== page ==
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Nevada polls on working class, Hispanic voters highlight 2024 battlefield

Gabby Birenbaum
Gabby Birenbaum
Election 2024ElectionsPolls

In 2016, Donald Trump’s presidential victory was powered by the support of a constituency historically aligned with the Democratic Party — the working class. In 2020, Joe Biden defeated Trump through an electoral coalition that despite attempted Republican inroads relied heavily on Latino support — particularly in Nevada, where he won 60 percent of the Latino vote. 

Since that election, winning back white working class voters has remained a consistent focus for Democrats, while attracting Latino voters (outside of Florida) has become key to the Republican Party’s electoral strategy. 

A pair of two polls recently conducted in Nevada — one focused on working class voters and the other on Hispanic voters — provides a snapshot of where these voter blocs stand this fall and outlines strategies for how to  make durable gains among these key populations ahead of a 2024 election that has both major parties eying Nevada.

And despite the partisan leanings of the pollsters, the results indicate that Hispanic voters in Nevada continue to favor Biden and Democrats, while the working class (or voters without a college degree) as a whole continues to trust Republicans more on economic issues.

NV working class voters say GOP better on economic issues

The Progressive Policy Institute (PPI) commissioned a YouGov poll that was conducted between Oct. 17 and Nov. 6 of 454 voters and has a margin of error of 6.2 percentage points. The poll found that working-class voters — nearly three-quarters of Nevadans — overwhelmingly believe that they as a group are worse off today than they were 40 years ago. 

Voters polled said they trusted the Republican Party more than Democrats to handle issues such as the economy, immigration, and education, each by a double-digit margin. The only issues Democrats were favored on were combating climate change and managing the clean energy transition, with the parties essentially tied on the issue of respecting democratic institutions and elections.

In 2022, exit polling from CNN showed that Republican Adam Laxalt won 50 percent of voters without a college degree to Democratic Sen. Catherine Cortez Masto’s 46 percent.

Pollsters identified some bright spots for Democrats. Though Republicans were favored on economic issues, the poll found that culture war issues and crime do not appear to resonate with voters — strong majorities said they are concerned about politicians’ focus on banning books (59 percent expressed concern) and restricting abortion (59 percent), while issues such as banning gender transition surgeries (24 percent) and increasing police and prison funding (33 percent) garnered little support.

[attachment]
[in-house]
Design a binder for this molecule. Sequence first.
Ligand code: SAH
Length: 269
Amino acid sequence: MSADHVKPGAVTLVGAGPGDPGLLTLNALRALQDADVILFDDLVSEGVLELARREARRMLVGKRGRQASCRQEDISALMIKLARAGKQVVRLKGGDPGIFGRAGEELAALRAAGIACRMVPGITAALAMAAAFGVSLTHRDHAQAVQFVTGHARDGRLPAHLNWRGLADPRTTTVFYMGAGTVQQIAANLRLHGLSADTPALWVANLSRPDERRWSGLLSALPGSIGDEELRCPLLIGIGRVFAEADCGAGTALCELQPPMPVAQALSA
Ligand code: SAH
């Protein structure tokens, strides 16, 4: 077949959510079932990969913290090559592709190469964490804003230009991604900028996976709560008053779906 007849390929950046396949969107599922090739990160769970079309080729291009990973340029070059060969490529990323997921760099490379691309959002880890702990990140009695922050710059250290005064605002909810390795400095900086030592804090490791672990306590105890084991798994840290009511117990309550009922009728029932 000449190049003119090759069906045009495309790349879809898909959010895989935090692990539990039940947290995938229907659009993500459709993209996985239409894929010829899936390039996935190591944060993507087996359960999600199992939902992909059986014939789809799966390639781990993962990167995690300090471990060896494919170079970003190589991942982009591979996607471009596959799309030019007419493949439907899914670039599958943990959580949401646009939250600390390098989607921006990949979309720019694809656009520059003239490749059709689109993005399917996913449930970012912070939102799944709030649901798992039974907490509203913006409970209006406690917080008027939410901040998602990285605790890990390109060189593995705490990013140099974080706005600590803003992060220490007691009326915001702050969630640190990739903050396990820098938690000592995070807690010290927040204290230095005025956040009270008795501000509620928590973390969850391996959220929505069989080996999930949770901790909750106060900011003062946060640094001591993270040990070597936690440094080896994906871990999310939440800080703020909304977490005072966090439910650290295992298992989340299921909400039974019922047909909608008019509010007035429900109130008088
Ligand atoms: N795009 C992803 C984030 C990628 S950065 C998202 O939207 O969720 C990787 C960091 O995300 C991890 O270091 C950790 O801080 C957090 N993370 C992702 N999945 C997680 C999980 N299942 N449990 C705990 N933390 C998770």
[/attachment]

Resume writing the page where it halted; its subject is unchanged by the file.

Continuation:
And the poll found that Republicans’ hold on the working class is not absolute. Despite shifts to the right, 43 percent of respondents said the Republican Party represents affluent Americans’ interests, while only 29 percent said the same of Democrats. Republicans were functionally tied (40 percent )with Democrats (38 percent) on which party put working class interests first.

Hispanic voters still up for grabs in Nevada

Meanwhile, GOP-aligned Cygnal polled 300 Hispanic voters in Nevada from Nov. 6 to Nov. 12 with a margin of error of 5.57 percentage points. The poll found Democrats maintain advantages, but there are “glimmers of opportunity” for Republicans, particularly among younger Hispanic voters, pollster John Rogers said in a statement.

Trump and Biden are underwater with Hispanic voters in Nevada. Biden’s favorability is at 45 percent, while Trump is at 33 percent — though still higher than leading GOP hopefuls Florida Gov. Ron DeSantis and former South Carolina Gov. Nikki Haley, both with favorability around 27 percent. 

In a head-to-head, Biden beats Trump among Hispanic voters 50.3 percent to 36.9 percent, with 12.7 percent undecided — a significant advantage, but also well behind the 60 percent he won in 2020. 

The poll also suggests that Robert F. Kennedy Jr., a former Democrat who plans to run as an independent, could be a spoiler. If Kennedy is included, he garners 15.8 percent of the Hispanic vote — and draws much more support from those who would otherwise pick Biden in a two-man race, despite national polling suggesting his presence hurts Trump more. Biden’s percentage of support falls nearly eight points with Kennedy included, while Trump only loses about four points.

Hispanic Nevadans listed inflation and the economy as their top concern (36.4 percent) — an issue that Republicans hoped to (but were unable to) capitalize on in 2022 races. The issue of threats to democracy came in second at 15.6 percent — a bigger concern for Hispanics in Nevada than their counterparts in Arizona, Florida and Texas.

The poll found Hispanic voters in Nevada trust Democrats more on every issue but the economy, where the parties are in a dead heat, separated by 0.1 points. Democrats have massive advantages on abortion (a nearly 35-point difference) and education (19.8 points).

The poll — like recent election results — throws cold water on the notion that Hispanics will move to the Republican Party on purely social conservative merits. But based on the overlapping importance of the economy to these groups, both pollsters note the need to streamline and present an effective economic message to carry the state.


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